Research Theme within School of Biosciences: Molecular and Cell Biology
Translational leukaemia and lymphoma research
Exploitation of differentiation and apoptosis patways in the development of therapies for haematological malignancies
Improved chemotherapy and marrow transplantations have radically improved survival and cure rates in children and young adults suffering from leukaemia and lymphoma. However, as we get older our bodies become less able to withstand these therapies resulting in much poorer cure rates in older patients. For example median survival in acute myeloid leukaemia (AML), which is a disease predominantly of adults, remains less than six months.
Chemotherapy induces apoptosis of tumour cells via causing them physical damage. However, this damage is not restricted to the tumour cells resulting in systemic toxicity. We are trying to develop novel therapies that trigger apoptosis and/or differentiation in tumour cells using drugs that interact directly with these pathways and which do not directly damage cells. We are exploring avenues for exploiting the powerful anti-tumour activities of the cyclopentenone prostaglandin 15deoxy Delta 12,14PGFJ2 in leukaemia cells. A central theme in the work is the exploitation of an enzyme of the aldo-ketoreductase family (AKR1C3). This enzyme indirectly prevents 15deoxy Delta 12,14PGFJ2 synthesis. Our laboratory based studies have demonstrated that Inhibitors of this enzyme show anti-tumour activity against leukaemia and lymphoma cells. We are therefore investigating their activity in clinical trials.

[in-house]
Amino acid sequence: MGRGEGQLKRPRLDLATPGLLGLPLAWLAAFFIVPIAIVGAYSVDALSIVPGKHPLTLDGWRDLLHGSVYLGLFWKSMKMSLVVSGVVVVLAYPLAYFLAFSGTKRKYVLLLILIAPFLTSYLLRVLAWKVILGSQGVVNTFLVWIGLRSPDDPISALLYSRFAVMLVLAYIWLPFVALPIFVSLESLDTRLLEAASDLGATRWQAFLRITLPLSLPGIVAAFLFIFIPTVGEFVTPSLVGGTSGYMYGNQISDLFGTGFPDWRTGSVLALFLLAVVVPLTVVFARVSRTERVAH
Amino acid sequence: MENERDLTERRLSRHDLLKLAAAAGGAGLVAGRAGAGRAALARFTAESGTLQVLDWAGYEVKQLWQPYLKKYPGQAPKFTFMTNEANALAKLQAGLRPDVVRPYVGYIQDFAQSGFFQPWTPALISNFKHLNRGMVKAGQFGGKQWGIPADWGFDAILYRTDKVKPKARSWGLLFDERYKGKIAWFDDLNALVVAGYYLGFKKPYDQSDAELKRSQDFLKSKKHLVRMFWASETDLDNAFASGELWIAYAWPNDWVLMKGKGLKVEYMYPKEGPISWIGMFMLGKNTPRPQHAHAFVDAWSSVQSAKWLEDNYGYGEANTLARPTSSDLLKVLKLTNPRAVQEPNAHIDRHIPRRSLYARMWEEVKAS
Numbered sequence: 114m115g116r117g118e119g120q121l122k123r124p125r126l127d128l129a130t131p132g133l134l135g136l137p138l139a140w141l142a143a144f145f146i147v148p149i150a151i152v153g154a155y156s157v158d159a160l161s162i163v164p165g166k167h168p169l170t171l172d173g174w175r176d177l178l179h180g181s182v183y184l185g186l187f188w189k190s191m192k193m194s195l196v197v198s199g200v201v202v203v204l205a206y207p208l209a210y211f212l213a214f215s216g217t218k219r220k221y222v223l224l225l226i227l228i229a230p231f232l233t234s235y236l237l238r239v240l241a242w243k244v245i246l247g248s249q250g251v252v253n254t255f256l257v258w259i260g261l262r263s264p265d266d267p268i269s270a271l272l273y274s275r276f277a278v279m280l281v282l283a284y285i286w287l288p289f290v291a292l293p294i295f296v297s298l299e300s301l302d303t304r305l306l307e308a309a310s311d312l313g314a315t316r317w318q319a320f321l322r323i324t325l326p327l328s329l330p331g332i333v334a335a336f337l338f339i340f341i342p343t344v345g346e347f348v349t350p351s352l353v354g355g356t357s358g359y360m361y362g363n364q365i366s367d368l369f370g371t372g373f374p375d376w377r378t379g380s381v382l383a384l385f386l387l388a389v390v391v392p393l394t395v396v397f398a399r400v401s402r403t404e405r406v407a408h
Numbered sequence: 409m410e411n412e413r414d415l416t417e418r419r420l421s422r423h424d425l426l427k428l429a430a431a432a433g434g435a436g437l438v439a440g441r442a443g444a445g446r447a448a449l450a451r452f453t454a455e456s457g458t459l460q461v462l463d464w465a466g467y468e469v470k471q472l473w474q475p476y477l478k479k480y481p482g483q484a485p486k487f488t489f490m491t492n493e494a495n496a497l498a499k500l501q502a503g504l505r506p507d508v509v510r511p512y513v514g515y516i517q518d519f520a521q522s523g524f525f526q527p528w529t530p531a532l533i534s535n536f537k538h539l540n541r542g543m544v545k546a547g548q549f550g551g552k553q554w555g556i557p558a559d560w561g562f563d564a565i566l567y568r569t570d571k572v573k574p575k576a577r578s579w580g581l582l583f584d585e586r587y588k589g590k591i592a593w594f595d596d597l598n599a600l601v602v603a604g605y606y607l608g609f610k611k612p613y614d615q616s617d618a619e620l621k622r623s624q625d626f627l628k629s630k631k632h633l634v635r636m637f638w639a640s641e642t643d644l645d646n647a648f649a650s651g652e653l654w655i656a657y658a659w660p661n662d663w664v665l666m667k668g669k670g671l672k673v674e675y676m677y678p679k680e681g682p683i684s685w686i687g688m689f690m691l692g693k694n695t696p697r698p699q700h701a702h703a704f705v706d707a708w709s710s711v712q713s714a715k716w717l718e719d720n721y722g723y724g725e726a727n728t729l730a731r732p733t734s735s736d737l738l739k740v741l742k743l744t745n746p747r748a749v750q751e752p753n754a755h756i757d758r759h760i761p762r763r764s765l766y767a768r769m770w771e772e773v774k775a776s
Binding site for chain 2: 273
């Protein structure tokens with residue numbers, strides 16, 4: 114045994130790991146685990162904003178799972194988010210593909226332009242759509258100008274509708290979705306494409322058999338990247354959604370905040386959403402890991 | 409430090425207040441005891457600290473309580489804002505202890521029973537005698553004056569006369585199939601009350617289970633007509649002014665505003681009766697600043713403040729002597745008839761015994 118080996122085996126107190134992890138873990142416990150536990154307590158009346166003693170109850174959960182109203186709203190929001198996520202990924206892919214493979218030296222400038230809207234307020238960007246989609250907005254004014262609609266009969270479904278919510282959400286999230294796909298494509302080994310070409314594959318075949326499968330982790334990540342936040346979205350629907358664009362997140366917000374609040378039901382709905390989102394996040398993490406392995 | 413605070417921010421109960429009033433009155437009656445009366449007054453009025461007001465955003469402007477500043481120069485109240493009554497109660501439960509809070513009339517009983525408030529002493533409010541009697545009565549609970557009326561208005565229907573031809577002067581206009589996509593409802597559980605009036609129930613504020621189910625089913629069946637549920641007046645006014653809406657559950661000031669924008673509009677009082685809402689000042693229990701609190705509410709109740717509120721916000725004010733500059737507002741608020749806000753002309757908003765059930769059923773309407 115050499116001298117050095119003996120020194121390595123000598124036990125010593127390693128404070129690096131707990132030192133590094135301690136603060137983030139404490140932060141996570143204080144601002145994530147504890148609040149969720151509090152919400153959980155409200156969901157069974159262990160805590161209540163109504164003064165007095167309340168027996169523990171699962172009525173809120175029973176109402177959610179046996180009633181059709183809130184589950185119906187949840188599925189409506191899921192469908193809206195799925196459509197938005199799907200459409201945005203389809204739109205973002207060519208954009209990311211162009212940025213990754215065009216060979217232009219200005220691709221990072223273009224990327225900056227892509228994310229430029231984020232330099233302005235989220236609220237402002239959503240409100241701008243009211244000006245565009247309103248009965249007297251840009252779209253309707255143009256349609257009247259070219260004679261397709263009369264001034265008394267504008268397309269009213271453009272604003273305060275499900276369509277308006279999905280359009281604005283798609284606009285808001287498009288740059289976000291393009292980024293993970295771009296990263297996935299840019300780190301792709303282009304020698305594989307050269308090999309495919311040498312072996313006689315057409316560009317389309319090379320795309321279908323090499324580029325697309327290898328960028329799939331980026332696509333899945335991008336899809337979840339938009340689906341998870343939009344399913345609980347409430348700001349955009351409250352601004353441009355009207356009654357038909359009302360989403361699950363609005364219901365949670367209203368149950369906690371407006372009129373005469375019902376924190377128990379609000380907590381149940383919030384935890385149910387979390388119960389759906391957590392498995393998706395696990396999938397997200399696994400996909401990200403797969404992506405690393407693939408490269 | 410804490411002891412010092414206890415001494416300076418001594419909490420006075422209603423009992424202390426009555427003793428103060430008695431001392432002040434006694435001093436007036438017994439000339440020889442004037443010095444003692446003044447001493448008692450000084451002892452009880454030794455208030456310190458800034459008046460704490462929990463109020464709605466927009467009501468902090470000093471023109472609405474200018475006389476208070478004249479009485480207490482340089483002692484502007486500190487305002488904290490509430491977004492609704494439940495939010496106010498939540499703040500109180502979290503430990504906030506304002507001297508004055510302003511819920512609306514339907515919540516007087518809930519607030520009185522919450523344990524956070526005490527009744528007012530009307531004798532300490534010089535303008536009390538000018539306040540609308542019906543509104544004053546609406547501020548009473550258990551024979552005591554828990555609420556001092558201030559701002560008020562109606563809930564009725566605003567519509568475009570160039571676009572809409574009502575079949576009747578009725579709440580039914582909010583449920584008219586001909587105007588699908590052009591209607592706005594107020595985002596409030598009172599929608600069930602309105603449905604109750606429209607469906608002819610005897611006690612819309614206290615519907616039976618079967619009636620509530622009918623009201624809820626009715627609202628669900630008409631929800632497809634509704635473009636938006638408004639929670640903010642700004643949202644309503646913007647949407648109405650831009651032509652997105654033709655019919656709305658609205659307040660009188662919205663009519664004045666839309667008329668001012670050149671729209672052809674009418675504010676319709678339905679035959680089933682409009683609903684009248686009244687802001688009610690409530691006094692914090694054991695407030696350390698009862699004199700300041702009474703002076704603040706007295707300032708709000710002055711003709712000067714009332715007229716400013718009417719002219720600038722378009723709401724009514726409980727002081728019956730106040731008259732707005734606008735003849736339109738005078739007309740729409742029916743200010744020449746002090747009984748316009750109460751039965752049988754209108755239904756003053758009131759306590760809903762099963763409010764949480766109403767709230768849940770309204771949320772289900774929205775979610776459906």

A particular focus is the use of old drugs for new diseases. New drug discovery progresses at a dismally slow pace and is phenomenally expensive, placing costly burdens on systems of health provision when they do arise and neglecting all but the richest nations. Drug redeployment endeavours to use relatively cheap available drugs and to use them in new ways. Our approach is to take drugs that are not considered as anti-cancer drugs and to use them in combinations that generate an anti-cancer effect. Our most advanced project is the use of the contraceptive drug medroxyprogesterone acetate combined with a cholesterol lowering drug Bezafibrate. This remarkable drug combination is now in clinical Trials for the treatment of AML here in the UK and in Burkitt lymphoma in Malawi.